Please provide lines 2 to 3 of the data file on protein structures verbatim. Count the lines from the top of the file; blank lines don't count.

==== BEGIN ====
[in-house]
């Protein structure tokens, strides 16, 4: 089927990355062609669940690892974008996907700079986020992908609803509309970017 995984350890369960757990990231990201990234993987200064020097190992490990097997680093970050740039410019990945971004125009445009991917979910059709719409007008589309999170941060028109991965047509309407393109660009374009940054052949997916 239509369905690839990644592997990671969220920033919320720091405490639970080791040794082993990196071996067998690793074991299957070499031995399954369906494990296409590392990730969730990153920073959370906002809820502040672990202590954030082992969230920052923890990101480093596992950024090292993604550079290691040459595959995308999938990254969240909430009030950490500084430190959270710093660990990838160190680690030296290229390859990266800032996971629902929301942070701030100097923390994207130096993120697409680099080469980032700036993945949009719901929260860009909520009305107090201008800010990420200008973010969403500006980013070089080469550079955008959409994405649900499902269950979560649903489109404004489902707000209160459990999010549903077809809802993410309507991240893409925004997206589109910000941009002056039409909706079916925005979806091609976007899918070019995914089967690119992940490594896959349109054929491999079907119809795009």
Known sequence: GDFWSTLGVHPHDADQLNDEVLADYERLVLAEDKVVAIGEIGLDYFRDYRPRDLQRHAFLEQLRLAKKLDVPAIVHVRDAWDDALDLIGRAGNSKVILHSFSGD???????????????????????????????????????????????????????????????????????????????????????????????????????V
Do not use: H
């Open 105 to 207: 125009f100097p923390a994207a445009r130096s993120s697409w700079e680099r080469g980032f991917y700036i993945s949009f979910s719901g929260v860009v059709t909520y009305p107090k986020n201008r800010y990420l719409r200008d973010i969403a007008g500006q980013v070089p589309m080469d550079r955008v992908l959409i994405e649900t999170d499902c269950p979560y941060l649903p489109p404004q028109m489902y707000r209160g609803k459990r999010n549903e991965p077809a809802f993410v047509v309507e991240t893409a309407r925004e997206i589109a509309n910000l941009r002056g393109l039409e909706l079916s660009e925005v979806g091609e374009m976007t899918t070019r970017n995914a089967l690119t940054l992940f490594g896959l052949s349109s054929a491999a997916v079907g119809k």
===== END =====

């Protein structure tokens, strides 16, 4: 089927990355062609669940690892974008996907700079986020992908609803509309970017 995984350890369960757990990231990201990234993987200064020097190992490990097997680093970050740039410019990945971004125009445009991917979910059709719409007008589309999170941060028109991965047509309407393109660009374009940054052949997916 239509369905690839990644592997990671969220920033919320720091405490639970080791040794082993990196071996067998690793074991299957070499031995399954369906494990296409590392990730969730990153920073959370906002809820502040672990202590954030082992969230920052923890990101480093596992950024090292993604550079290691040459595959995308999938990254969240909430009030950490500084430190959270710093660990990838160190680690030296290229390859990266800032996971629902929301942070701030100097923390994207130096993120697409680099080469980032700036993945949009719901929260860009909520009305107090201008800010990420200008973010969403500006980013070089080469550079955008959409994405649900499902269950979560649903489109404004489902707000209160459990999010549903077809809802993410309507991240893409925004997206589109910000941009002056039409909706079916925005979806091609976007899918070019995914089967690119992940490594896959349109054929491999079907119809795009």
Known sequence: GDFWSTLGVHPHDADQLNDEVLADYERLVLAEDKVVAIGEIGLDYFRDYRPRDLQRHAFLEQLRLAKKLDVPAIVHVRDAWDDALDLIGRAGNSKVILHSFSGD???????????????????????????????????????????????????????????????????????????????????????????????????????V